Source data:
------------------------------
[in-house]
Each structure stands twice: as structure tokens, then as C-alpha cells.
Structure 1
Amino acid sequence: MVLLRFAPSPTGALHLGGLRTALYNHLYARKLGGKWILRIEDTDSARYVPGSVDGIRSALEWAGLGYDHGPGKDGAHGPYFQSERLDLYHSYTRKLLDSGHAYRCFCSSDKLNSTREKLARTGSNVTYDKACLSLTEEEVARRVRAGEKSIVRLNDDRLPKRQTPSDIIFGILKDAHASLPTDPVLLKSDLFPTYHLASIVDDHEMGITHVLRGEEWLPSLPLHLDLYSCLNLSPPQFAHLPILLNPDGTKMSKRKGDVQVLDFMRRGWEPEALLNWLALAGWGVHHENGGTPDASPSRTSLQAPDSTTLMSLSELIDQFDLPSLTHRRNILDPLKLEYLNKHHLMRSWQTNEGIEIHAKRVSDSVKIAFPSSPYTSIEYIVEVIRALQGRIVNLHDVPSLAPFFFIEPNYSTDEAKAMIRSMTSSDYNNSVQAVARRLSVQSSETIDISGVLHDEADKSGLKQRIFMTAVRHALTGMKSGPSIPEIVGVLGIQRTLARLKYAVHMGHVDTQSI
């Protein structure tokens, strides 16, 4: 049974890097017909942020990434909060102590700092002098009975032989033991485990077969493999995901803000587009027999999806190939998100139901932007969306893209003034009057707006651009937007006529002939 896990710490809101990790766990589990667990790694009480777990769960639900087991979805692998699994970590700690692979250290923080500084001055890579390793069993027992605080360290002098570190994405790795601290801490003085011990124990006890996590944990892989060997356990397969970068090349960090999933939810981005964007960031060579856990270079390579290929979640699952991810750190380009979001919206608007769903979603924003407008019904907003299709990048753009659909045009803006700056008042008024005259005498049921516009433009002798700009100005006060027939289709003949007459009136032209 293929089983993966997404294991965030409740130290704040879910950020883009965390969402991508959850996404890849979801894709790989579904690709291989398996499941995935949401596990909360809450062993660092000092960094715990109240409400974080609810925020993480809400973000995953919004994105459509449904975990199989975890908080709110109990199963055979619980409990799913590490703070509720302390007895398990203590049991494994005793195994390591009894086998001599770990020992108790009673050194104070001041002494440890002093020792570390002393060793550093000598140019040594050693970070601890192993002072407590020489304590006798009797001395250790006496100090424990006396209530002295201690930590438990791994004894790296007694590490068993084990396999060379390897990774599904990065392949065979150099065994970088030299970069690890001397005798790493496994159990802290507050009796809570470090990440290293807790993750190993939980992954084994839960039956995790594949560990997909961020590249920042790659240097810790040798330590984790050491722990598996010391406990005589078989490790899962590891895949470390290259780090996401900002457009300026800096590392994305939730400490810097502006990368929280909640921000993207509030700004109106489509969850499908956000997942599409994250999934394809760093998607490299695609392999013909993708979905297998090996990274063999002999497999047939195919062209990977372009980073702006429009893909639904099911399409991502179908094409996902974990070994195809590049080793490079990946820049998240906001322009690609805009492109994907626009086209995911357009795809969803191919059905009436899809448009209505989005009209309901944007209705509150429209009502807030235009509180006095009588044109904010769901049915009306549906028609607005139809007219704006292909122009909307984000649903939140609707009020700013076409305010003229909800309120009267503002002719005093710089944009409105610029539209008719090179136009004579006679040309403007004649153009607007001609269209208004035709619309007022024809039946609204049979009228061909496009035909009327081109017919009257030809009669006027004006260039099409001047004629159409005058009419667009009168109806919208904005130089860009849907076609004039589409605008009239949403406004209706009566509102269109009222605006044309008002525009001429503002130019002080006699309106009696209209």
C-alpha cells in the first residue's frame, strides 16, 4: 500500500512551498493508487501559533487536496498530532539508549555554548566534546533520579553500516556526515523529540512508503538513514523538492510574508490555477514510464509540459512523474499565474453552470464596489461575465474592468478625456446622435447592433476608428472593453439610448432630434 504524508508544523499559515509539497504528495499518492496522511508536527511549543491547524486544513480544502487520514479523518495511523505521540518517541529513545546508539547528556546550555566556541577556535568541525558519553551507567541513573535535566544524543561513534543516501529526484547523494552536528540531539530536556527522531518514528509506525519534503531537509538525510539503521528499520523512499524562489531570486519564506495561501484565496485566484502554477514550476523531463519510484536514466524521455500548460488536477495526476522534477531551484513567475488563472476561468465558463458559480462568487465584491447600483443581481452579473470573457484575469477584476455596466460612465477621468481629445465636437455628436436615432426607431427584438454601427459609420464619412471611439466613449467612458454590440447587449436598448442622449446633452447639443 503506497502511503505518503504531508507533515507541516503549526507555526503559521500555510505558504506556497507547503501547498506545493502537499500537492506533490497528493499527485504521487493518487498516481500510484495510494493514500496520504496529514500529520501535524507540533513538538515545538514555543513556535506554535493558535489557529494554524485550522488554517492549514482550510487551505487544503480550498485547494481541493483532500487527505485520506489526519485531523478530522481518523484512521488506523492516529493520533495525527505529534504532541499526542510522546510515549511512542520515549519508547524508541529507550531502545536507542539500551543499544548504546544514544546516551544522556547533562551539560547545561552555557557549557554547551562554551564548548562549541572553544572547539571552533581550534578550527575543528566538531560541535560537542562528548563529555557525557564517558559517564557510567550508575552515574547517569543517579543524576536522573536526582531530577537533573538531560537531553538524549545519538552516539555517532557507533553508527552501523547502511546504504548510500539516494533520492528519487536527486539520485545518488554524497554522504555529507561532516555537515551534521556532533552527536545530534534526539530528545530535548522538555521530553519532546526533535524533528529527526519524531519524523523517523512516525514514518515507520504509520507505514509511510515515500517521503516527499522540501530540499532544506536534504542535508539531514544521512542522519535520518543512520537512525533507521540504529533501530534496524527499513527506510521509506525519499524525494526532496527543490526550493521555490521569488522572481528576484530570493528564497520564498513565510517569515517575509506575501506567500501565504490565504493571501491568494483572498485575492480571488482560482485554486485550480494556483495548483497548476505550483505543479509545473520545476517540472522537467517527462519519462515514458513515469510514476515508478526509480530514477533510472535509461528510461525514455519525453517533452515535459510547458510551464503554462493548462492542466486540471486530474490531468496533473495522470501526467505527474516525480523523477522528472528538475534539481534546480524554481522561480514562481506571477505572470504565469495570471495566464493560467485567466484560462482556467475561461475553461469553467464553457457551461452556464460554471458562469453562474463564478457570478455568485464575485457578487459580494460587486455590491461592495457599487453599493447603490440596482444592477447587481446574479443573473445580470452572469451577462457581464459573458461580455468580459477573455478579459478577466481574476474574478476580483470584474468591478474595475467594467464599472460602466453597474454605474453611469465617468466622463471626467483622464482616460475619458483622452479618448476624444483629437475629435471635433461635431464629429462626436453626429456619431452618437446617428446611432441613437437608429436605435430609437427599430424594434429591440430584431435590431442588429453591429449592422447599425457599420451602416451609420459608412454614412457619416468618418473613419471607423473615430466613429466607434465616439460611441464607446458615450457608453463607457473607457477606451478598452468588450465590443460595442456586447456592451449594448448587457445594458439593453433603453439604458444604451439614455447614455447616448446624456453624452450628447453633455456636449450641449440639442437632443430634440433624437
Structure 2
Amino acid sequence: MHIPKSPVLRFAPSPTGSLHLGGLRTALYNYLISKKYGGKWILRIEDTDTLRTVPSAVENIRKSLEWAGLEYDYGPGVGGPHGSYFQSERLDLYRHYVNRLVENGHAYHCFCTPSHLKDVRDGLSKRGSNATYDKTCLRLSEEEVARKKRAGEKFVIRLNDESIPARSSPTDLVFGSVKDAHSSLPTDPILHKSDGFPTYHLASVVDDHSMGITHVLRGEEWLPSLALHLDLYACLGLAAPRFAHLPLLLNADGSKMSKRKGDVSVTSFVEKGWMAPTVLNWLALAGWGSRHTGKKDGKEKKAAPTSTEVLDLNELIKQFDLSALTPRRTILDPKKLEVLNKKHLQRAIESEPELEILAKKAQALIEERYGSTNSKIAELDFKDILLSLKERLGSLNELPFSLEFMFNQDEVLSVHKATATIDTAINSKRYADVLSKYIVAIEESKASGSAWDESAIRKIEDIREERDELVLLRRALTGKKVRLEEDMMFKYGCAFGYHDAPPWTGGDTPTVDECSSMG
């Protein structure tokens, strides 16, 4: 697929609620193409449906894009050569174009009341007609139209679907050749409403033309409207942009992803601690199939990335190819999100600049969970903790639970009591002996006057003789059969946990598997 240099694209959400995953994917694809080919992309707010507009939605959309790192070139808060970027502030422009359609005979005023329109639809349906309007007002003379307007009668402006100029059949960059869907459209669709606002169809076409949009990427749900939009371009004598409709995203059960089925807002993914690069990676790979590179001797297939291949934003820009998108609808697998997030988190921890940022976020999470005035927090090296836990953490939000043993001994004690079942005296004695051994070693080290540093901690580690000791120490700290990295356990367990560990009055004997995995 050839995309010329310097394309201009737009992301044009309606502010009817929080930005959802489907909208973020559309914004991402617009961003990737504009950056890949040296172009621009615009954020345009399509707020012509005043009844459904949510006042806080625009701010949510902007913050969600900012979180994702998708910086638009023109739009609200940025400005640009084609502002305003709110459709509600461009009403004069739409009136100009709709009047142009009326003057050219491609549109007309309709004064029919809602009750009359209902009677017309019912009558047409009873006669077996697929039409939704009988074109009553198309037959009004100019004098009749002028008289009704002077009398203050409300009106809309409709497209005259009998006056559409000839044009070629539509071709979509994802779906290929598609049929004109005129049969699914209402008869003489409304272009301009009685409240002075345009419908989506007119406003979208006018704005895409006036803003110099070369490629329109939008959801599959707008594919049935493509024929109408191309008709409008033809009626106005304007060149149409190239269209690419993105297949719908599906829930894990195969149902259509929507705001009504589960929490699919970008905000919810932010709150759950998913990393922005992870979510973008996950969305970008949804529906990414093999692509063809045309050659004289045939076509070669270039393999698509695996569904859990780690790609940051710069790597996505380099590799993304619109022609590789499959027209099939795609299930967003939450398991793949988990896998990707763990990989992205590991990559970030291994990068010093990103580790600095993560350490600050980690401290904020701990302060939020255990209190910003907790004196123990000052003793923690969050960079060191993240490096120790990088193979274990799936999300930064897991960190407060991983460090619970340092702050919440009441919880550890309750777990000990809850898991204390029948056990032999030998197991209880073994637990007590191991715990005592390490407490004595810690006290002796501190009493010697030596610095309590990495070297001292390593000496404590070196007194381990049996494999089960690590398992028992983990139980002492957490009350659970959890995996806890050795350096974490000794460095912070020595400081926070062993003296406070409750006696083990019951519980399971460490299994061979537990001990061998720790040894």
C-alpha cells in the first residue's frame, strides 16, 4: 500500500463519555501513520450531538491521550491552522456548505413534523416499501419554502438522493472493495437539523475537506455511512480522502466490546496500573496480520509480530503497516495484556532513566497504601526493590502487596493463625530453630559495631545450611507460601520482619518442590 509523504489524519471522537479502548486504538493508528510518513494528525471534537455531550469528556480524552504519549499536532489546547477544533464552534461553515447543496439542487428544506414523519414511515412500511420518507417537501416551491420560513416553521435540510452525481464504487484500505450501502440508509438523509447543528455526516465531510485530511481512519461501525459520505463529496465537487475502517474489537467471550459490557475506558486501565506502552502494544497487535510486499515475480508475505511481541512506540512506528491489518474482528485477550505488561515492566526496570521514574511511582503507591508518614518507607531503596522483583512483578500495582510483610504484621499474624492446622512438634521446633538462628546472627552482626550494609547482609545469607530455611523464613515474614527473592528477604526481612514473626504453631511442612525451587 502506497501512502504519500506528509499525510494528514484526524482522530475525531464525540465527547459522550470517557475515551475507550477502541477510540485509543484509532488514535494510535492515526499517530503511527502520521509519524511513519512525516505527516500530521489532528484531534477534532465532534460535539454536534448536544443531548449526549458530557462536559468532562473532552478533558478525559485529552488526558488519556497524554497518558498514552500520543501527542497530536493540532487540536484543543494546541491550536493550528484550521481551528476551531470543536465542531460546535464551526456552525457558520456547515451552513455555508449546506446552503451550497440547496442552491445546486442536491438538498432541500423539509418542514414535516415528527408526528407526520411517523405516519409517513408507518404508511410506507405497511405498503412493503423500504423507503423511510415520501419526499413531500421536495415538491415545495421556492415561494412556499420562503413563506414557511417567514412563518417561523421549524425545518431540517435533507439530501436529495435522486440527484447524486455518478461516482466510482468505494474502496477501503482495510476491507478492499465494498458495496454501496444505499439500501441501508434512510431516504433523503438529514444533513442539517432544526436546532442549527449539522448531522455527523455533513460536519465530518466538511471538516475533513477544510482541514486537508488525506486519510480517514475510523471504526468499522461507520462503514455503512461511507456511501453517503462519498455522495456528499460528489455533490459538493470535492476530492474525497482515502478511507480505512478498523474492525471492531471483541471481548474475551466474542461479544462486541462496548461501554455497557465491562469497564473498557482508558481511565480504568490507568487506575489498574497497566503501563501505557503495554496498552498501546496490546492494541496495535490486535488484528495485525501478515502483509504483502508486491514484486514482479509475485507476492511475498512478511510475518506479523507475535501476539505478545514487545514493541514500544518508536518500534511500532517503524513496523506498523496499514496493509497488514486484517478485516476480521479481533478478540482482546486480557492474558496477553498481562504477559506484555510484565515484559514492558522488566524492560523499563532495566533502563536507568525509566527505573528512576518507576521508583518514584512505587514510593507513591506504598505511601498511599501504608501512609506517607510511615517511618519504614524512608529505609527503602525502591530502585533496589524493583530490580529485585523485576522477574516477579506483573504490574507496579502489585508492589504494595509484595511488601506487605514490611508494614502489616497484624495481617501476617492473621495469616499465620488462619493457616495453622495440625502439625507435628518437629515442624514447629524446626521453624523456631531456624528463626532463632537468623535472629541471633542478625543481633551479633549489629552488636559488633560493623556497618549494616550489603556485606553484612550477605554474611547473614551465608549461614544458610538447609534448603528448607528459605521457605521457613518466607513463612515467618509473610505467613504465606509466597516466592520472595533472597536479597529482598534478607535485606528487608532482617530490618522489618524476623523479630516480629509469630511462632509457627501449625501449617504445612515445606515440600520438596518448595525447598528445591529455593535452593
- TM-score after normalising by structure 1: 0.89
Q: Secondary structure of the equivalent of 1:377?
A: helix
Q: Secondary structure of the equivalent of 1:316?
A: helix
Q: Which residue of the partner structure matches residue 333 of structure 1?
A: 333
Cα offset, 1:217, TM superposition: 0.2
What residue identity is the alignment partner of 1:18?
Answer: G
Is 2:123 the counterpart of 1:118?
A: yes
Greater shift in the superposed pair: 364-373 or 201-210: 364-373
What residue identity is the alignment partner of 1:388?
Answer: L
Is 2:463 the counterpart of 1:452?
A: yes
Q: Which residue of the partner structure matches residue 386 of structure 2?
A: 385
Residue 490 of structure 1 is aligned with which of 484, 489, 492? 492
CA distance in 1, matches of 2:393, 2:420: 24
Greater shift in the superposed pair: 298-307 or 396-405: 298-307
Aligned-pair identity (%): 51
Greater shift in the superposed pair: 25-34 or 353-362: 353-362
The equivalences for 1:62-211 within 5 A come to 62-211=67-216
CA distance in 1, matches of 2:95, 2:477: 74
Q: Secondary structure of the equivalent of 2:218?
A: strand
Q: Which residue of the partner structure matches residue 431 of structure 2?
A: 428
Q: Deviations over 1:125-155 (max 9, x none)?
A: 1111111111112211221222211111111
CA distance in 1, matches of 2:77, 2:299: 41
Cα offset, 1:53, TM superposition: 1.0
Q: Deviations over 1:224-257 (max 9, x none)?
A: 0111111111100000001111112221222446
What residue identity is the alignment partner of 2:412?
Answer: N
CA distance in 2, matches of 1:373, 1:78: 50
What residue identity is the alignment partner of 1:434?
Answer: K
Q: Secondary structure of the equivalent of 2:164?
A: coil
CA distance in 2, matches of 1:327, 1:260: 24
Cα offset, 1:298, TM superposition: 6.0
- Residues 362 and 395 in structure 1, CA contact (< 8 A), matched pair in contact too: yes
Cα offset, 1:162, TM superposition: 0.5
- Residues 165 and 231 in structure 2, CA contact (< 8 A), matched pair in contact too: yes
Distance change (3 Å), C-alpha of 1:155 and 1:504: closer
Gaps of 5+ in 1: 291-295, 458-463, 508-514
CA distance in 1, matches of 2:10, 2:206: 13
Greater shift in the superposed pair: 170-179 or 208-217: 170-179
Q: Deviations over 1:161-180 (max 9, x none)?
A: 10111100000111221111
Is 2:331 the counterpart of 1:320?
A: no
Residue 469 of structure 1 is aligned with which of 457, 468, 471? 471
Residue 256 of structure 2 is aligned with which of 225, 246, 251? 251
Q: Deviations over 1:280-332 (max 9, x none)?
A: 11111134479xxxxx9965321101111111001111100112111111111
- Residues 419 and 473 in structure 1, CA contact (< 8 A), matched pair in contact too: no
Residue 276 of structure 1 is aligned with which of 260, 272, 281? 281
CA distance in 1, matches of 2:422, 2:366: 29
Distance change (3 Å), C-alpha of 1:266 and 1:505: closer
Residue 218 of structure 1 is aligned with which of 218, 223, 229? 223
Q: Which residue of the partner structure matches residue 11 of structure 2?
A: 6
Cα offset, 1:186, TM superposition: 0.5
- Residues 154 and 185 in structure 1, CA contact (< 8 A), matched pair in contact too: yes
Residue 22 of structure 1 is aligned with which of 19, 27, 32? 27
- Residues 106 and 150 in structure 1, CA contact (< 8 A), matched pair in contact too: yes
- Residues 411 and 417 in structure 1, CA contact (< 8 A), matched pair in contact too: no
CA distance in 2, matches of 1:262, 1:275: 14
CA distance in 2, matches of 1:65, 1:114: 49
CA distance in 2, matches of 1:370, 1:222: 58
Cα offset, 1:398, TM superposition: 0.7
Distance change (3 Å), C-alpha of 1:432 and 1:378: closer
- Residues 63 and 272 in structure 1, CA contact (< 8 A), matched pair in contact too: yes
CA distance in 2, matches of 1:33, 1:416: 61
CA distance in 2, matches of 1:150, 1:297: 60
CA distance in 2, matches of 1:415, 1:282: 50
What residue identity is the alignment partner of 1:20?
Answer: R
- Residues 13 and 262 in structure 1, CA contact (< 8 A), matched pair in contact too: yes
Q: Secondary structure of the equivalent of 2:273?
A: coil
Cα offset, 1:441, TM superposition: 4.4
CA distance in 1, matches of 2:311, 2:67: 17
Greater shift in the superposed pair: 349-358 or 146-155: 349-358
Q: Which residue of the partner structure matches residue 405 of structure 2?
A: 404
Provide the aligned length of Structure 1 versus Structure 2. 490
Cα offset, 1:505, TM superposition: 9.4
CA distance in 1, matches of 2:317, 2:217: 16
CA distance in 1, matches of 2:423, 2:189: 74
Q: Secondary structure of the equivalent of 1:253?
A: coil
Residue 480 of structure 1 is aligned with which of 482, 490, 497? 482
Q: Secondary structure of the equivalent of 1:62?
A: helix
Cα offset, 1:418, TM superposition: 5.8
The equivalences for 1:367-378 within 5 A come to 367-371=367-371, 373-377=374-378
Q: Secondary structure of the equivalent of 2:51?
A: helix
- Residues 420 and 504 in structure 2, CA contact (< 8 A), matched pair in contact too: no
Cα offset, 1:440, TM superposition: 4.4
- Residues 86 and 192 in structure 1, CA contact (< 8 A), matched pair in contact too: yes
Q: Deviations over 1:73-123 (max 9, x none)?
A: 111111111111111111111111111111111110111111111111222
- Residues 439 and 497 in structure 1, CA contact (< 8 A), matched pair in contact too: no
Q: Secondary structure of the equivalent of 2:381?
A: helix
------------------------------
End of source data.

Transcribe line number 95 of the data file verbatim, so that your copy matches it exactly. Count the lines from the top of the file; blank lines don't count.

Q: Secondary structure of the equivalent of 2:273?